Urban Forests Mitigate Urban Heat
Urban forests create healthy communities and trees are two times more effective at mitigating the challenges of urban heat than other identified strategies. Trees are considered an important part of our communities’ infrastructure and provide many economic, social, environmental, and health benefits when properly placed, planted, and maintained.
Urban Heat, Trees, & Your Health
Texas Trees Foundation is committed to furthering education about the relationship between urban heat and trees to human health. Outdoor workers, children and the elderly are particularly at risk and vulnerable this time of year as urban heat is a major public health issue.
Heat exposure has been shown to exacerbate underlying chronic conditions, including pulmonary, cardiovascular, and kidney conditions. Additionally, epidemiological data shows that motor vehicle collisions, violence, suicide, and workplace injuries increase during extreme heat events. Trees have been shown to be vital for reducing heat stress and decreasing the size and effect of the urban heat island.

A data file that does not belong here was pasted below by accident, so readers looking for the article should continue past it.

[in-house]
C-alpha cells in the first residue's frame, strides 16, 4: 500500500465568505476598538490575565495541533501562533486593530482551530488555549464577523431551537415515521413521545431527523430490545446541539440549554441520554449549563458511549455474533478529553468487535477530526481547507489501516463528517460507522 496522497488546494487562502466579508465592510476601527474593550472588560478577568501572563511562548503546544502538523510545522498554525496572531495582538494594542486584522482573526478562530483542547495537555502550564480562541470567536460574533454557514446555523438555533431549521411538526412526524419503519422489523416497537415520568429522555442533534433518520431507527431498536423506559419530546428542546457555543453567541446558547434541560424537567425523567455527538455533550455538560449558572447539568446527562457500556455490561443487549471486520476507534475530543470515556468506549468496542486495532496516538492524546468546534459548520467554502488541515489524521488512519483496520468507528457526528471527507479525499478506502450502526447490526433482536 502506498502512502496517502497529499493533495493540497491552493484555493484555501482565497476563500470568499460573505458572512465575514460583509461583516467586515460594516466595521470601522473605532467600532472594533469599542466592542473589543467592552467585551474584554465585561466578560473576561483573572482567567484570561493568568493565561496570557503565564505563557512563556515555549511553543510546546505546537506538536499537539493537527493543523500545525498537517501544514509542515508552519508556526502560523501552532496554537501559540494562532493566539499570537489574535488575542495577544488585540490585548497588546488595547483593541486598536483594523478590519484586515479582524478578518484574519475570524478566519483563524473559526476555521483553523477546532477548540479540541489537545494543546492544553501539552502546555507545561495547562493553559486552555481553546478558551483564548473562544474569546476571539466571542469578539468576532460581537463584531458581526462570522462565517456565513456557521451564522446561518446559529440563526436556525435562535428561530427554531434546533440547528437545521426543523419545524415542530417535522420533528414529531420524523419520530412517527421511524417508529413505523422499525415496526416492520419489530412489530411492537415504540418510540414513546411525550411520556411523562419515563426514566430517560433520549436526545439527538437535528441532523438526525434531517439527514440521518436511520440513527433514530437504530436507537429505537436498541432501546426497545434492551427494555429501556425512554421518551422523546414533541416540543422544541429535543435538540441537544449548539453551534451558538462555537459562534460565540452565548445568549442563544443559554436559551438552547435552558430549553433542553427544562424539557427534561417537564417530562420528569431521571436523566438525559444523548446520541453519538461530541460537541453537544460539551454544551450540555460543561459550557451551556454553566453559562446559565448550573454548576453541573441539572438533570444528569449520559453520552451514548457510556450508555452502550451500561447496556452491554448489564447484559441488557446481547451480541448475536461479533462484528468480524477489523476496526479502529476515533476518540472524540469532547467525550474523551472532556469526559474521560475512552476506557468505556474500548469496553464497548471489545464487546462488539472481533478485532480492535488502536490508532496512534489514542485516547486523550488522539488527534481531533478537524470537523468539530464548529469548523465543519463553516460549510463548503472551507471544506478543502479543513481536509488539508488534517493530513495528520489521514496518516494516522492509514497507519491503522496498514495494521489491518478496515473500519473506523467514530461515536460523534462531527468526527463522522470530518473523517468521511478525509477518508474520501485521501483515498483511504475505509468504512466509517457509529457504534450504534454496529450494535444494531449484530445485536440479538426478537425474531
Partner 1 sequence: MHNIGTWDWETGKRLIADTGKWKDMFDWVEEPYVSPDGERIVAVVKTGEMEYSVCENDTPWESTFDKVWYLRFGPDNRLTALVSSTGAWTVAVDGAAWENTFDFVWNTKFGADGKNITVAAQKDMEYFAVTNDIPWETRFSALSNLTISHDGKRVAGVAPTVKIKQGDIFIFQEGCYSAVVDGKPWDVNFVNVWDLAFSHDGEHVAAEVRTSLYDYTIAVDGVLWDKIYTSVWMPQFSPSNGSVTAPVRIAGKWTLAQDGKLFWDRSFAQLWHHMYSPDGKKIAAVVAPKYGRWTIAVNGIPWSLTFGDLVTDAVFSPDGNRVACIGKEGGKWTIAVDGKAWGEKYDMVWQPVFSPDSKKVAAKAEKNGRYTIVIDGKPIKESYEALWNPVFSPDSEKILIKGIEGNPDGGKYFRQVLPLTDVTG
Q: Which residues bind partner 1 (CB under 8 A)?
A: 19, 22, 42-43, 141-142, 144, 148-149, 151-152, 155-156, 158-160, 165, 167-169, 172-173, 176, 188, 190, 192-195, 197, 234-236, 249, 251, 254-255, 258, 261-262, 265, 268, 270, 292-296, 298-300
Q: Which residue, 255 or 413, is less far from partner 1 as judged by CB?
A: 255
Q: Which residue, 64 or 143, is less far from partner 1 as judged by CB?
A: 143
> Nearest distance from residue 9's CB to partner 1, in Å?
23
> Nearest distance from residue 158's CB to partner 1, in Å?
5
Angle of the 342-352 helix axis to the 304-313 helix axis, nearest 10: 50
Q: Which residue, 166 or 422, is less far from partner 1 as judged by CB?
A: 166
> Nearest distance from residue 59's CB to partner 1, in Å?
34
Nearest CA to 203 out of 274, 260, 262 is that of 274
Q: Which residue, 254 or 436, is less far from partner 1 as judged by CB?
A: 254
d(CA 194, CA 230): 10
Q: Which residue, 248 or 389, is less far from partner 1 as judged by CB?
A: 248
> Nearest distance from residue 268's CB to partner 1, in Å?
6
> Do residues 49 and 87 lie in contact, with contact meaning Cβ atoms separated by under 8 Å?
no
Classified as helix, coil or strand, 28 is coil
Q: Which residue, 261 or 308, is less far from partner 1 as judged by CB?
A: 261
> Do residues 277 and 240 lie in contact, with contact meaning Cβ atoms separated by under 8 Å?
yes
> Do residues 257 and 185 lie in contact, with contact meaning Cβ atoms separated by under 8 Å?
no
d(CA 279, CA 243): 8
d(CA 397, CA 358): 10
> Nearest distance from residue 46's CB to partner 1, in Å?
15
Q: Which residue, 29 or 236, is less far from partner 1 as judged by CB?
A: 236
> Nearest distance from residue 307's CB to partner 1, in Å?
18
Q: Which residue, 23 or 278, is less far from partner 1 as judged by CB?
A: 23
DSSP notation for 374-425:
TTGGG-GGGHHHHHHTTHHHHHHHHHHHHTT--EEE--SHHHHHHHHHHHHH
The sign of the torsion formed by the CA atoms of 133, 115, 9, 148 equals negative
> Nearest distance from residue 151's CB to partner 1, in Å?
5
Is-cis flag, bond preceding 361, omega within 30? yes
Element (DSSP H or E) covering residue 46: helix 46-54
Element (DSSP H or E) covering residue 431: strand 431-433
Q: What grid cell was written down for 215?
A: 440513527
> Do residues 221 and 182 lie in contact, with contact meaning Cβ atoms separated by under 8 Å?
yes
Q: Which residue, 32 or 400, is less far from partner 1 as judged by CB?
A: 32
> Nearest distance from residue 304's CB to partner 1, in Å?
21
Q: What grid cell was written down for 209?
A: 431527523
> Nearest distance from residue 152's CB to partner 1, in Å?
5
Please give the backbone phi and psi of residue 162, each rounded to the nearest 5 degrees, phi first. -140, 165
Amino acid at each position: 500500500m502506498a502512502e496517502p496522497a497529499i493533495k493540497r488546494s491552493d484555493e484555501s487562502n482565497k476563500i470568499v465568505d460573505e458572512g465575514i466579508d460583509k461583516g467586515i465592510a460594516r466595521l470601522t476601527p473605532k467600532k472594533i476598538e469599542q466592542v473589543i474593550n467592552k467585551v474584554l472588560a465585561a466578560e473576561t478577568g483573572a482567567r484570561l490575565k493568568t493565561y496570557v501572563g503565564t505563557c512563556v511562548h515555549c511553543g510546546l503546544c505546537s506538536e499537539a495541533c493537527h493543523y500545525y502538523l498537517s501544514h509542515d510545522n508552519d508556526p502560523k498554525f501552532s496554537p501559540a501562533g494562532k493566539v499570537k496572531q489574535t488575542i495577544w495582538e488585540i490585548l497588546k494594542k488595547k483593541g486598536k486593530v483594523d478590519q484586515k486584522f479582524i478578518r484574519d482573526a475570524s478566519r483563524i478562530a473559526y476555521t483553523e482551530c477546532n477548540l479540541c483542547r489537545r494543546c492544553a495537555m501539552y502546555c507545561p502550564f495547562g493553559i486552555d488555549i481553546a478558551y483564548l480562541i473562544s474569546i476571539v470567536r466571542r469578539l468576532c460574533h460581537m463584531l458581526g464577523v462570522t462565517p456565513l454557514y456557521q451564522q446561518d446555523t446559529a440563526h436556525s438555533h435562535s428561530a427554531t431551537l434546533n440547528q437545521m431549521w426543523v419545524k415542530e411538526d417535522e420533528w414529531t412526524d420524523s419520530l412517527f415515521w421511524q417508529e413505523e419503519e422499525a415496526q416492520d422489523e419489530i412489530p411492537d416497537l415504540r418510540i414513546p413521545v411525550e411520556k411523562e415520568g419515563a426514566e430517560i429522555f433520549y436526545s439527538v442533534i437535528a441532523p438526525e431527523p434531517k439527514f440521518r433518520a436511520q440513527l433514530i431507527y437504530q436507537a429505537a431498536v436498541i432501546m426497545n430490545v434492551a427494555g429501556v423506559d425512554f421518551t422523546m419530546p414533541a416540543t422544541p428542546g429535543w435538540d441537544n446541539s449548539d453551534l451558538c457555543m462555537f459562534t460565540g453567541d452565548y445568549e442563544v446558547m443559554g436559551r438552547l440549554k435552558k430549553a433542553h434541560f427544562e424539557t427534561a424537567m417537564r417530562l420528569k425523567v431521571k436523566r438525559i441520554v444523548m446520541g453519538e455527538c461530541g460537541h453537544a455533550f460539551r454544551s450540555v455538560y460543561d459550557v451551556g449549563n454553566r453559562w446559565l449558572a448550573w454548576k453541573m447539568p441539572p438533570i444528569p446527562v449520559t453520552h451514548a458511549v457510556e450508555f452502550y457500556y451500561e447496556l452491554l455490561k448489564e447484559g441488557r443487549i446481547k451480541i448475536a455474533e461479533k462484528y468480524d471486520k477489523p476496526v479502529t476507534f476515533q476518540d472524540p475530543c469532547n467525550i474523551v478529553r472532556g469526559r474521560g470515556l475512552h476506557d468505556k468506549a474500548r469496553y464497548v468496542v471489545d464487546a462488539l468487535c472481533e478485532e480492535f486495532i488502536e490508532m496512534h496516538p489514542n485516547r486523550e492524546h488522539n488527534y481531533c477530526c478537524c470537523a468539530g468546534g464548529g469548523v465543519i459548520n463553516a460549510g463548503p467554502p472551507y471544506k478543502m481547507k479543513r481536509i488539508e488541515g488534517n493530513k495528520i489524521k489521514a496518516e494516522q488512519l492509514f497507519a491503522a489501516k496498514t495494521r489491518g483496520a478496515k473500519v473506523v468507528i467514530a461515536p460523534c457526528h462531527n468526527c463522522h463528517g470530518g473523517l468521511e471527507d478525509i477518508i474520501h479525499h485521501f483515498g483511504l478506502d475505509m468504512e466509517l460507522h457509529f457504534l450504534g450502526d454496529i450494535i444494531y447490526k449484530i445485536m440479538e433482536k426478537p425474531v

Below is a list of resources to understand the connection between extreme heat and health - stay tuned for more information to be posted throughout the summer.
Contact us if you have any additional, specific questions related to heat and health.
Texas Trees Foundation's Urban Heat Island Management Study
Texas Trees Foundation’s Urban Heat Island Management Study from August 2017 is a year-long study of the impacts and implications of air temperatures at the neighborhood level. Most notable among them: Dallas is heating up faster than every city in the country except for Phoenix.
Dallas Tree Equity Planting Map
Increasing the number of trees across Dallas is vital to keeping our neighborhoods cool, healthy, and beautiful. But currently, too many of our historically underserved and overlooked communities lack even an adequate tree canopy.
In the News
- September 2023: 'Climate breakdown' alert as air quality dips during heatwaves: UN chief
- August 2023: Dallas’ heat islands need scientific solutions
- July 2023: Inmates are dying in stifling Texas prisons, but the state seldom acknowledges heat as a cause of death
- June 2023: Duke Launches Heat Policy Innovation Hub to Safeguard Communities
- June 2023: Heat-related illnesses increase dramatically in Dallas County as temperatures climb
- May 2023: Buckle up because El Niño is almost here, and it’s going to get hot